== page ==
Most business owners know that when it comes to generating sales and building customer loyalty, branding and marketing go hand in hand. But if you dread the prospect of someone asking you to explain the difference between two, you’re not alone.
Understanding the basics will help you effectively grow your business. For starters, here are 3 key differences between marketing and branding:
1 – Branding is who you are. Marketing is how you deliver the message.
Your brand is your business identity – but it is more than just a logo and a tagline. Your brand encompasses your company’s vision and culture. It lets people know what you stand for and the unique value you offer. Your brand is how someone feels when they think of your business. It lingers long after they see your latest ad and is what ultimately turns prospects into loyal customers.
Marketing refers to the tools you use to get your brand messaging across. If you think of your brand as a promise you and your staff must uphold, marketing is the medium you use to communicate that promise to prospects and customers.
2 – Branding is a strategy. Marketing is a tactic.
Branding is the strategy that drives your marketing efforts. Marketing encompasses the tactics you use to target a specific audience and achieve specific results – all while supporting your brand’s identity, positioning, and voice. Remember that a brand is bigger than any particular marketing activity. Marketing methods and channels may evolve with industry and cultural trends, but your branding remains unchanged.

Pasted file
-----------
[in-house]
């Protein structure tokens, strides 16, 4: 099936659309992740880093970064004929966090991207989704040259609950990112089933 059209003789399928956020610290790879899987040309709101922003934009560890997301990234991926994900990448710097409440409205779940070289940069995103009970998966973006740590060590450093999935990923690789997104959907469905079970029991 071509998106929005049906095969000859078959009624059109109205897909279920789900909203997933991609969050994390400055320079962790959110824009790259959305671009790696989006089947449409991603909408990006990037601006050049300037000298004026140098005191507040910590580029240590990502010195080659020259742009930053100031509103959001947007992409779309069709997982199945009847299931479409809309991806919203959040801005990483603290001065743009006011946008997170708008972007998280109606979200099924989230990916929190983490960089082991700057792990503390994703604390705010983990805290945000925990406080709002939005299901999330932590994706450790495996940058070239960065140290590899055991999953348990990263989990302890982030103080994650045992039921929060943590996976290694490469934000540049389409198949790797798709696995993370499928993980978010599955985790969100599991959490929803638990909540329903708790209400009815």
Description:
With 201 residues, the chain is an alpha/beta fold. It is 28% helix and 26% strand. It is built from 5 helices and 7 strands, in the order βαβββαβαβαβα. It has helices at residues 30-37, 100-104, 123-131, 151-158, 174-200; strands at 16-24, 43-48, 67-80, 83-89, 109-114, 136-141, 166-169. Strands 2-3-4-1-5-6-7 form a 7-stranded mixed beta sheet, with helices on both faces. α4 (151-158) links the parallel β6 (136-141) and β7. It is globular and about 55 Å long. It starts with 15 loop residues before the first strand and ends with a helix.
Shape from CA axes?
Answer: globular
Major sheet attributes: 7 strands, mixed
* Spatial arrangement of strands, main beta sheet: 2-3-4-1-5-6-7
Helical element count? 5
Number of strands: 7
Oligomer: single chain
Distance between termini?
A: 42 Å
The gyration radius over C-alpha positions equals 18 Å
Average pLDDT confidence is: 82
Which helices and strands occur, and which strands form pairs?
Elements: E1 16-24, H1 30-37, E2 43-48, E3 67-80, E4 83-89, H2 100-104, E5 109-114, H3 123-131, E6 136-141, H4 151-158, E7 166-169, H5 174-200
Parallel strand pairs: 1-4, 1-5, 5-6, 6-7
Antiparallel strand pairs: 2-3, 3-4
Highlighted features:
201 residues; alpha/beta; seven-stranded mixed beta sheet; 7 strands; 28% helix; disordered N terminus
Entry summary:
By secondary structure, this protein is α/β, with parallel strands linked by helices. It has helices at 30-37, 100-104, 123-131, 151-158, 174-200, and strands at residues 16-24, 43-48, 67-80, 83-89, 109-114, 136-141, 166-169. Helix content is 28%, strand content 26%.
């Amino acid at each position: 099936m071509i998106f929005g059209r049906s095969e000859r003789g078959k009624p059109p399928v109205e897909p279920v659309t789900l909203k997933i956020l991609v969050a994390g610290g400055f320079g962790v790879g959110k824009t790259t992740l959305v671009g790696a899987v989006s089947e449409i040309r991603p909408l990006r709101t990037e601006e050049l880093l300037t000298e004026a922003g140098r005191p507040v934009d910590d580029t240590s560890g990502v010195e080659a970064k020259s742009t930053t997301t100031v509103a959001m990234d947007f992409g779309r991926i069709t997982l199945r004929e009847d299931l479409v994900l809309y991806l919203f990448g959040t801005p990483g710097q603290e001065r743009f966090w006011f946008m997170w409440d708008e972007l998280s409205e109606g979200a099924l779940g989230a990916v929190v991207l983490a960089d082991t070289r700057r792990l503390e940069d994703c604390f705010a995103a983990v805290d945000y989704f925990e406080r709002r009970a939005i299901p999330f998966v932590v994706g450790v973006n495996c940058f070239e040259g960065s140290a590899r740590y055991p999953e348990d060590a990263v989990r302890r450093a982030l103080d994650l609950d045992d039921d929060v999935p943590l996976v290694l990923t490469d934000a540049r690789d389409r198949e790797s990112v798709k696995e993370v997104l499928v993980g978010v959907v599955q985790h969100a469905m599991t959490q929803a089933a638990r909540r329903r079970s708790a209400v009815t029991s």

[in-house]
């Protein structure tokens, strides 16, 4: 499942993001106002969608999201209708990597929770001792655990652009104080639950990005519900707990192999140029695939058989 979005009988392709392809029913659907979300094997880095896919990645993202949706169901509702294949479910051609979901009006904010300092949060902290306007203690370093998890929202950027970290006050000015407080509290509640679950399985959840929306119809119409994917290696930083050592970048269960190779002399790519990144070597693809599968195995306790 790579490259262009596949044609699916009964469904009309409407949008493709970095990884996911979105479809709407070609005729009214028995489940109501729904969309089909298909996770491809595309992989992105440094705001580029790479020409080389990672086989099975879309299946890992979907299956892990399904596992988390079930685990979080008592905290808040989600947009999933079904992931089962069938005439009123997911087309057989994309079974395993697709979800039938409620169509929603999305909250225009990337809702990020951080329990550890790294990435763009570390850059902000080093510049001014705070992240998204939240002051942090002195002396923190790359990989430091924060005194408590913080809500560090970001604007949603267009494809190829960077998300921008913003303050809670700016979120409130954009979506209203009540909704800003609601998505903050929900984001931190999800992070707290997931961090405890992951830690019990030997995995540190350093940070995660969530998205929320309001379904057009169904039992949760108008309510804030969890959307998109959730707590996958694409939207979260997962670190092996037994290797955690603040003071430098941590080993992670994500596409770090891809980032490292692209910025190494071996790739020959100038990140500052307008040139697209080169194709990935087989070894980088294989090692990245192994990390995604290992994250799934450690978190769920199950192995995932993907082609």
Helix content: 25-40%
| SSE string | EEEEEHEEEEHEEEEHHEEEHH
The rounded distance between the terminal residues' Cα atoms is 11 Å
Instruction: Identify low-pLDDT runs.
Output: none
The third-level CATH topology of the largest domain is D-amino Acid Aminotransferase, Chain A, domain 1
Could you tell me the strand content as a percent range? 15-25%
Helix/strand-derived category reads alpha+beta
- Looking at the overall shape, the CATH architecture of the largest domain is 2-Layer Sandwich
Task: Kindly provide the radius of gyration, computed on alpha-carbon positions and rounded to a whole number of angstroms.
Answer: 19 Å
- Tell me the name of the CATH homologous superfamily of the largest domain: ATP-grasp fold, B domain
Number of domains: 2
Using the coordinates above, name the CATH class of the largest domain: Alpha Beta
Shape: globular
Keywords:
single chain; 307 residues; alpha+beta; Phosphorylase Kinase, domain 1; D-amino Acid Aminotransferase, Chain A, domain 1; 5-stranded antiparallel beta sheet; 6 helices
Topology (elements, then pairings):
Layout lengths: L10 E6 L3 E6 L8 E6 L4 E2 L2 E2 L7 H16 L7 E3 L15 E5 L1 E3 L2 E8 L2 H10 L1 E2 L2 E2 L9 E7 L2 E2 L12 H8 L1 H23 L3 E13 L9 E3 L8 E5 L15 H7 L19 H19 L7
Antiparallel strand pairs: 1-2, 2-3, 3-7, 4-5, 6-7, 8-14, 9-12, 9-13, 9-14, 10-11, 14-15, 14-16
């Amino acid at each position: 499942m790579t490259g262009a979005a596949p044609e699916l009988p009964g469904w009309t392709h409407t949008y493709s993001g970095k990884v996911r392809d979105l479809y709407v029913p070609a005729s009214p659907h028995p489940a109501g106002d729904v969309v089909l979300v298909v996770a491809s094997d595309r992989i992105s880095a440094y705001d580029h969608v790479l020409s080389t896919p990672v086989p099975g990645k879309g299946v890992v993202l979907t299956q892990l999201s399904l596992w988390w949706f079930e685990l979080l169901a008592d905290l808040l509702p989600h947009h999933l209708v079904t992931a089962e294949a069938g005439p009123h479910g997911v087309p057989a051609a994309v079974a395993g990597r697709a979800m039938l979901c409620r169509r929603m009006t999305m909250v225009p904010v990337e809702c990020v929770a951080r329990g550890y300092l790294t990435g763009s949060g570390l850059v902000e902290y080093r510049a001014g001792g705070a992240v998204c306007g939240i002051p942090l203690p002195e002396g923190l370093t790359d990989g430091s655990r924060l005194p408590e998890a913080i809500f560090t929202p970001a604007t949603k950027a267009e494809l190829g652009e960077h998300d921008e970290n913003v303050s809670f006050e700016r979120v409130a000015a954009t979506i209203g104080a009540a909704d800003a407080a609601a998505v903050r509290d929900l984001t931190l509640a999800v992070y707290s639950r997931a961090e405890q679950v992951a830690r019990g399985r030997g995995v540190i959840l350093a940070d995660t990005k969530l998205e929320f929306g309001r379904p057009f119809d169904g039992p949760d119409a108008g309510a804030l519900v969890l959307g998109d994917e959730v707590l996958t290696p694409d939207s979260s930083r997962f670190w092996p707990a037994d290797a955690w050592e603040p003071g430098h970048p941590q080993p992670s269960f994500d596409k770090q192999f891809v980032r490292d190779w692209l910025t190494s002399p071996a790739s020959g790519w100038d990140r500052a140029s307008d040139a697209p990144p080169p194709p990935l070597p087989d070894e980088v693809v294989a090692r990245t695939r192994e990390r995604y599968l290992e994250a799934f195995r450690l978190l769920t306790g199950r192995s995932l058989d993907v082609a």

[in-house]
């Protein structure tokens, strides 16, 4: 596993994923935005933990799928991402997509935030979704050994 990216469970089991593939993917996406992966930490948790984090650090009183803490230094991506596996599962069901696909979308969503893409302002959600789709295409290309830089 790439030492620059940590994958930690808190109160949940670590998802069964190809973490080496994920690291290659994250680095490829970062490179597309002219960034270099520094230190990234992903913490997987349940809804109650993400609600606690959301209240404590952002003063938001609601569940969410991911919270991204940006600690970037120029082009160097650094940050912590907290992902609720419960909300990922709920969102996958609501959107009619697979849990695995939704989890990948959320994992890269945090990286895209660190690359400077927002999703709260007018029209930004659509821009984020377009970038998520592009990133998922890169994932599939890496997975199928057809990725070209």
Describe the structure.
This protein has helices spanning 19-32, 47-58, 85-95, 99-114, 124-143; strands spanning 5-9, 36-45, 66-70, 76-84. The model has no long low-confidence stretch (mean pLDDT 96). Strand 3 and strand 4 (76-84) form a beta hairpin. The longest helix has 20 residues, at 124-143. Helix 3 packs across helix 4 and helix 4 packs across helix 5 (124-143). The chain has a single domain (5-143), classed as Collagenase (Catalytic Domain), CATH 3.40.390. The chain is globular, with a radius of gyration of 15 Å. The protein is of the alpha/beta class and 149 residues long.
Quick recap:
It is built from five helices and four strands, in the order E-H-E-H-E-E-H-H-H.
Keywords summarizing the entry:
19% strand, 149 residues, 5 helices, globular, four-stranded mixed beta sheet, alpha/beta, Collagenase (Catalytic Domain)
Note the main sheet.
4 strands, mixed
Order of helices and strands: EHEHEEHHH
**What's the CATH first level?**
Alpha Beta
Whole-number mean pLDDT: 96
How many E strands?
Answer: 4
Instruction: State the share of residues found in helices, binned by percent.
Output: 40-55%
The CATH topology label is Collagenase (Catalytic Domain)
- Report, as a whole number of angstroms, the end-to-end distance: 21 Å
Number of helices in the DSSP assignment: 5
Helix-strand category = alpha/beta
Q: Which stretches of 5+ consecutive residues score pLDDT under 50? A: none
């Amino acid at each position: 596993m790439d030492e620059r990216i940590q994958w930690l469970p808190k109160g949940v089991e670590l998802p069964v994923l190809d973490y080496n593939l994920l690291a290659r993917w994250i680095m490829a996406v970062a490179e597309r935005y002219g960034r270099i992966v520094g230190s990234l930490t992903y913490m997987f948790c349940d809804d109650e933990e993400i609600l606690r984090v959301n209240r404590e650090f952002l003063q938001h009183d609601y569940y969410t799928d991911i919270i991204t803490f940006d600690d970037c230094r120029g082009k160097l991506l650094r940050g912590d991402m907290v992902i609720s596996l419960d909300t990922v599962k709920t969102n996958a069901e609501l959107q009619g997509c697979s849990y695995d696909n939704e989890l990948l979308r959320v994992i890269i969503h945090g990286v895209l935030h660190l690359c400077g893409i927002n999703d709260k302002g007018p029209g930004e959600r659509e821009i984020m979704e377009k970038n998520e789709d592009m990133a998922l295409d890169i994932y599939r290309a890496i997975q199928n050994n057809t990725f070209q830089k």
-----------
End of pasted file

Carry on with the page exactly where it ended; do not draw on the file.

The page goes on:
3 – Marketing is the push. Branding is the pull.
It is often said that people buy products, but they have relationships with brands. Marketing actively promotes a product or service by pushing out messages to generate sales. Branding is the “pull” that helps encourage someone to make a purchase by expressing the values and attributes of a product or service. Marketing says, “Buy our product because it’s the best!” Branding says, “This is what you will experience when you use our product.” When a customer agrees, they will be eager to buy, like and recommend.